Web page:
Entering its fifth consecutive year of drought, Utah is now considered the driest state in the U.S. This true-color image was acquired over Utah on July 23, 2003. The scene shows a dust storm (tan pixels) originating in the western part of Utah and blowing northeastward over Great Salt Lake.
A widespread pall of smoke (gray pixels) arcs from the west toward the northeast (upper right) of this scene, spanning from Nevada, across southeastern Idaho, and into Wyoming. The red polygon (upper left) shows the location of an active fire burning in southeast Idaho and producing a thick smoke plume.
Utah is a state in the western United States. It became the 45th state admitted to the U.S. on January 4, 1896. Utah is the 13th-largest by area, 30th-most-populous, and 11th-least-densely populated of the 50 United States. Utah has a population of more than 3 million according to the Census estimate for July 1, 2016. Urban development is mostly concentrated in two areas: the Wasatch Front in the north-central part of the state, which contains approximately 2.5 million people; and Washington County in Southern Utah, with over 160,000 residents. Utah is bordered by Colorado to the east, Wyoming to the northeast, Idaho to the north, Arizona to the south, and Nevada to the west. It also touches a corner of New Mexico in the southeast.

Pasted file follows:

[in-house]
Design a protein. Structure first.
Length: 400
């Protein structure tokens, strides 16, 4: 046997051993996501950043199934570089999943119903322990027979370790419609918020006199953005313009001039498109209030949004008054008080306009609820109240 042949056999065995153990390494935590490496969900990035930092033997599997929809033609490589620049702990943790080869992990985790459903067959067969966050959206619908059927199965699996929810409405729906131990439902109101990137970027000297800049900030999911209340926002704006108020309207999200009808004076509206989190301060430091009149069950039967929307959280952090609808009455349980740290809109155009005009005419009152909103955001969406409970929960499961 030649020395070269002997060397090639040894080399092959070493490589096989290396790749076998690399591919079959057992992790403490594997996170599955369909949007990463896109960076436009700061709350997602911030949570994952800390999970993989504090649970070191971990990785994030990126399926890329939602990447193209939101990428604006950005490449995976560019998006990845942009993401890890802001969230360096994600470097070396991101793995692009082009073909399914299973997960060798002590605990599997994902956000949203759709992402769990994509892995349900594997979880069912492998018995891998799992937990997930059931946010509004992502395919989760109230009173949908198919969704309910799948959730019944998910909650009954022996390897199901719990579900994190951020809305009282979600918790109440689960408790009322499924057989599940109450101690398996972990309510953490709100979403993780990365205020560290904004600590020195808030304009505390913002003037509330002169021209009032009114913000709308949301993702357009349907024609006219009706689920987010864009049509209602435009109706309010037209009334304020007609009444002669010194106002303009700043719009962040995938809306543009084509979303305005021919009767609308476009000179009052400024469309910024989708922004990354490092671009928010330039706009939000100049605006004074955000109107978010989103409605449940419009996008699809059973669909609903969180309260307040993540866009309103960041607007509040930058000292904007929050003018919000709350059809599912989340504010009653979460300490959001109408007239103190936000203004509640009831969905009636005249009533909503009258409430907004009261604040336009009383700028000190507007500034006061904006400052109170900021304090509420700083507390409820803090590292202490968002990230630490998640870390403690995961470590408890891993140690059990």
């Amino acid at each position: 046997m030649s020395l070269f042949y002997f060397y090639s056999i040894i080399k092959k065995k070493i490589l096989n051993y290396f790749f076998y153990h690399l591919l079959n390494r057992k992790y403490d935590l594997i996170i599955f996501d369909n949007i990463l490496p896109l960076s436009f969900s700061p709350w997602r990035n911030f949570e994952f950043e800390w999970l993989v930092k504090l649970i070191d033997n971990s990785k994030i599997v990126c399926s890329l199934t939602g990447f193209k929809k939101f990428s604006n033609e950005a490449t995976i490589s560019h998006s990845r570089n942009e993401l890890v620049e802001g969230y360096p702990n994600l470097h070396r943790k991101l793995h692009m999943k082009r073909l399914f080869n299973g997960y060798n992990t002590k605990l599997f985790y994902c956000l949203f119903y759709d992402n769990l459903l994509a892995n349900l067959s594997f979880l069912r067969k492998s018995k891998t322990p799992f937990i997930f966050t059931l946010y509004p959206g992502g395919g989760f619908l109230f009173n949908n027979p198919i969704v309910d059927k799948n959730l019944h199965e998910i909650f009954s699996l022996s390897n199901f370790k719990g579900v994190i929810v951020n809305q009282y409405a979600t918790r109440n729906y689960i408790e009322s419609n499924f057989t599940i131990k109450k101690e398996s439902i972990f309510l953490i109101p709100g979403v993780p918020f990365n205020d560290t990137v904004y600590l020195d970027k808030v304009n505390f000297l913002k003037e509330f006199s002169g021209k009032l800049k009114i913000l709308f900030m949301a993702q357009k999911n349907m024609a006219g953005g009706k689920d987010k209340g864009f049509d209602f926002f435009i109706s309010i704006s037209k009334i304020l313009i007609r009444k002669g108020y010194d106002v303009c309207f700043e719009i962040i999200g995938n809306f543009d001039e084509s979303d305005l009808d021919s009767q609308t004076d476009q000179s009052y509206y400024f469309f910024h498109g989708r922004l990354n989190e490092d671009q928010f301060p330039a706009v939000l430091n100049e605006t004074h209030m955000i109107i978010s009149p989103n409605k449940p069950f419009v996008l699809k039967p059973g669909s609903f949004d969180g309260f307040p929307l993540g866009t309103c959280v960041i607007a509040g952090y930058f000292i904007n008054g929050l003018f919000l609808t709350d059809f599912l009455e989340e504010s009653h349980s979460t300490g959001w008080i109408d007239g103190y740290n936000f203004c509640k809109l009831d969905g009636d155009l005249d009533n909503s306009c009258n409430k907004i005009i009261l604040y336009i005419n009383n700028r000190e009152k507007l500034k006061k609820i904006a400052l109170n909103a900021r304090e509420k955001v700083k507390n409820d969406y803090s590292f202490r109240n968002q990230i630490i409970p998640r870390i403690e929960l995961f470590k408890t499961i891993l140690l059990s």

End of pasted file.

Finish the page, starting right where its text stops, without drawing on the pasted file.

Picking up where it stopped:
Approximately 62% of Utahs are reported to be members of the Church of Jesus Christ of Latter-day Saints (LDS Church), making Utah the only state with a majority population belonging to a single church. This greatly influences Utahn culture, politics, and daily life. The LDS Church’s world headquarters is located in Salt Lake City.
Credit: Image courtesy Jeff Schmaltz, MODIS Rapid Response Team at NASA GSFC